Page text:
Gentle Shepherd Blog

Our team at Gentle Shepherd Hospice wants you to have the practical information you need to make the most of every day. Check out these helpful articles and devotionals written by Kim Eckenroth our co-founder and VP of patient care.

When you envy others

When you envy others

Do you ever look at friends and find yourself mad or upset because they have free time? They don't have a relative that needs help? You might even wish they had it harder, had some real challenge in their life. And then you feel guilty. If this sounds familiar, you...

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Primary care providers

Primary care providers

A primary care provider (PCP) is charged with monitoring and treating a person's whole body. Specialists abound and indeed are important. But we are more than the sum of our organs. Your relative's PCP helps ensure that specialists are not doing things that counteract...

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Cooking tips for the visually impaired

Cooking tips for the visually impaired

Is low vision making it harder for your loved one to cook? If food preparation has been one of their pleasures, they are probably grieving not only the change in their eyesight, but also the loss of creating and serving delicious meals. Even if cooking has not been a...

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Poetry and dementia

Poetry and dementia

If the person you care for has dementia, you may have noticed their withdrawal from conversations, movies, even from reading books or the newspaper. Anything with an involved plot line is now too difficult for them to follow. Poetry, on the other hand, involves rhythm...

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Organ donation

Organ donation

Those who donate organs, eyes, or tissue leave a tremendous legacy, often the gift of life itself: Allowing someone a steady heartbeat. Or the vision to see a grandchild. Or healthy skin to cover a burn or cancer site. National Healthcare Decisions Day (April 16) is...

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Should Dad move in?

Should Dad move in?

Combining households has many benefits: Less hassle running back and forth between two residences, less worry about Dad eating well and remembering his meds, more family social time for him, cost savings on rent and utilities, etc. But if things do not work out,...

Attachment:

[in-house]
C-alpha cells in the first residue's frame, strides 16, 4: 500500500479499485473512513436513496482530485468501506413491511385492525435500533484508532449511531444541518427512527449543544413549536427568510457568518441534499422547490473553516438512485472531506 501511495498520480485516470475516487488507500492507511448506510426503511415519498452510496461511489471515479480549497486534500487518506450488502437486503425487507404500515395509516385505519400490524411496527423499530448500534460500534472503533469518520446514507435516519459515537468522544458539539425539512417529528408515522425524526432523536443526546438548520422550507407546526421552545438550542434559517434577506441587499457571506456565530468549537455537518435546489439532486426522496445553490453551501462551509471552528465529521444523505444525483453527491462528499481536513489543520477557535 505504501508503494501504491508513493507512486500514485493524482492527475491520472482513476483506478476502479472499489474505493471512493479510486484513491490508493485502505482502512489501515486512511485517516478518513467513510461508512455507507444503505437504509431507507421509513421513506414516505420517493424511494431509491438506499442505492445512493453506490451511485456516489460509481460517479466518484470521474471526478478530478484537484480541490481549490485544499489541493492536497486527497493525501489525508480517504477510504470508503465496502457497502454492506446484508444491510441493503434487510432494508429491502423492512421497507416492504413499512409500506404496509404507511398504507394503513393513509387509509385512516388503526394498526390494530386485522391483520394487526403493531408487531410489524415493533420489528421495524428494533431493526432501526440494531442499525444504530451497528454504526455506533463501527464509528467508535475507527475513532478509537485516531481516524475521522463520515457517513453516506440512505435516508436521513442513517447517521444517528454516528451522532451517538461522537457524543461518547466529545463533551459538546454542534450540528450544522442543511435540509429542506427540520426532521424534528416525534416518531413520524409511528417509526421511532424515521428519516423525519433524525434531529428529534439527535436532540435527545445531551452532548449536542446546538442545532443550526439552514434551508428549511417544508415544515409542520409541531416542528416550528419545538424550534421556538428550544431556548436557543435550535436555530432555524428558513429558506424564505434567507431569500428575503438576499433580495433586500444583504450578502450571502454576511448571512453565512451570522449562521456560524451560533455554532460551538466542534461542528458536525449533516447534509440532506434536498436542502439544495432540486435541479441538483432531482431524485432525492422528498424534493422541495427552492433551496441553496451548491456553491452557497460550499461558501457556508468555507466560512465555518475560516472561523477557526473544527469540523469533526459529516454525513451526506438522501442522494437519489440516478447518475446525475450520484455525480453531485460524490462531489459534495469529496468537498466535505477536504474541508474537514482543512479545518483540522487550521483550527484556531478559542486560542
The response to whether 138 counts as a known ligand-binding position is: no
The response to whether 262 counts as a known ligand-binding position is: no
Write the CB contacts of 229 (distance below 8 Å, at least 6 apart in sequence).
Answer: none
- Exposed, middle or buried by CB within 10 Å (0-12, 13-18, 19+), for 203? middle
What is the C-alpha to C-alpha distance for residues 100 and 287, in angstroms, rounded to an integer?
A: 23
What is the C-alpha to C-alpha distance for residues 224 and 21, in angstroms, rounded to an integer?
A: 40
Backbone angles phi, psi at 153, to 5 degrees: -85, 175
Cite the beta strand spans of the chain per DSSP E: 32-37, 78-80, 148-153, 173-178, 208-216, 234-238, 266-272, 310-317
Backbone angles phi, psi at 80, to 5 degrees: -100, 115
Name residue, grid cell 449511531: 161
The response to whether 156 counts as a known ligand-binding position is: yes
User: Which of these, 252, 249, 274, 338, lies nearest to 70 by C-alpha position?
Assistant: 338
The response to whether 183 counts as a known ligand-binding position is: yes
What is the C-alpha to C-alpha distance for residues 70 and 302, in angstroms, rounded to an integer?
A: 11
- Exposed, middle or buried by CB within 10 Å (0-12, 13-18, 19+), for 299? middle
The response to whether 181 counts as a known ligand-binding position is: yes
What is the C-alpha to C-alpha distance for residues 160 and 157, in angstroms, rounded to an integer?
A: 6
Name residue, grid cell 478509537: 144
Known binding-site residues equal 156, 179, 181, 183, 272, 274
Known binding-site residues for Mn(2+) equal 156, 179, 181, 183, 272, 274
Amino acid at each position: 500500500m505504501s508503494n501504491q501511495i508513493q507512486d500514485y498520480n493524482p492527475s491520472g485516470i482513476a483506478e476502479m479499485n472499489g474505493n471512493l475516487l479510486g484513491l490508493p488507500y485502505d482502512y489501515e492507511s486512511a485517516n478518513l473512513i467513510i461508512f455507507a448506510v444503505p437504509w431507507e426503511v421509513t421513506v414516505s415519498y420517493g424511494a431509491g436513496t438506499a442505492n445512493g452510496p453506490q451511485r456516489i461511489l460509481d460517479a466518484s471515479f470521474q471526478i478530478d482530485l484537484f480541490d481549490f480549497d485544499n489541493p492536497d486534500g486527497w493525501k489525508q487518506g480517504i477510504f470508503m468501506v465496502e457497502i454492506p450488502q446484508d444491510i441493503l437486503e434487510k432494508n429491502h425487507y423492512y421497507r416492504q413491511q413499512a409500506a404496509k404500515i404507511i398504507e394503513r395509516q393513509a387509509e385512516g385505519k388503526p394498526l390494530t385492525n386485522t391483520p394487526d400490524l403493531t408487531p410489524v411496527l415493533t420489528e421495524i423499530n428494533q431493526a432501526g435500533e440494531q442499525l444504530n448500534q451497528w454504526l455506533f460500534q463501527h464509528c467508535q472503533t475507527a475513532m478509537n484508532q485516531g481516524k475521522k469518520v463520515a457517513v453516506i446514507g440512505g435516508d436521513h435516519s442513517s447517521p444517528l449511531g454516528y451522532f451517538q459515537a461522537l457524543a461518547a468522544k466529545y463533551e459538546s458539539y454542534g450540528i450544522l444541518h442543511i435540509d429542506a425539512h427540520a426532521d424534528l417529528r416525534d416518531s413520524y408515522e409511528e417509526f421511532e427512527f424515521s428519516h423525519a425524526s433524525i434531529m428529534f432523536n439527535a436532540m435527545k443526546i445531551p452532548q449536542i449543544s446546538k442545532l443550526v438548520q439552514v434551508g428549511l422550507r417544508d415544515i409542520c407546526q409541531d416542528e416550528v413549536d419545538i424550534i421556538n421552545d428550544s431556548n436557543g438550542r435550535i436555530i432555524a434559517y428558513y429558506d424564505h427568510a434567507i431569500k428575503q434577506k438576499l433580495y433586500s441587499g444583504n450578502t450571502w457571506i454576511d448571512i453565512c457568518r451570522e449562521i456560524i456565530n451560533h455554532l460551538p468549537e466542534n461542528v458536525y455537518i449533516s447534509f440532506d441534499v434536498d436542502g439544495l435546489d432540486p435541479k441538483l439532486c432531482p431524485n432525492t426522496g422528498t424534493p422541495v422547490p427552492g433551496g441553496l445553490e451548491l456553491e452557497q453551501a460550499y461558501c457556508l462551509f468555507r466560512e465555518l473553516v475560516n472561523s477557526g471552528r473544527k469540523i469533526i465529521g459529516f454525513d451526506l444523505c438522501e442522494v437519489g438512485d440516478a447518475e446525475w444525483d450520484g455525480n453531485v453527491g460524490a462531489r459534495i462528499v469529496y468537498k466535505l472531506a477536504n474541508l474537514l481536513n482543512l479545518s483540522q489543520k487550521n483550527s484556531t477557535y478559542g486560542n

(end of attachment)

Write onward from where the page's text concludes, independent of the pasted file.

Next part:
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The journey of late life

The journey of late life

Families spend three to five years caring for an aging relative. At first it may be light chores or small errands now and then. But over time, health challenges emerge and needs grow.  In his book, My Mother, Your Mother, geriatrician Dennis McCullough outlines...

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“Chemobrain”

“Chemobrain”

People who go through chemotherapy for cancer often complain about "chemobrain." If your loved one is under treatment and is having trouble with memory, thinking, and concentration, it is likely from the chemo drugs. The fuzzy thinking may not go away right when chemo...

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Caregiving apps

Caregiving apps

Juggling multiple schedules, keeping other relatives informed, ensuring prescriptions are filled … these are but some of the many duties you may face as a family caregiver. In some instances, a simple spreadsheet can do the trick. But an app makes it easier to...

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Psychological first aid

Psychological first aid

Anxiety and stress commonly accompany family caregiving. The ongoing pandemic and its stream of variants are only adding to that. Perhaps you could use a little "psychological first aid." These are skills or techniques first responders are trained to teach or apply to...

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When your relative has money questions

When your relative has money questions

Is Dad asking if he should sell the house now that Mom is gone? Or perhaps Aunt Mary is anxious about her stock investments. Even if you are good at managing your own money, helping a relative make financial decisions can bring a lot of pressure. Consider hiring a...

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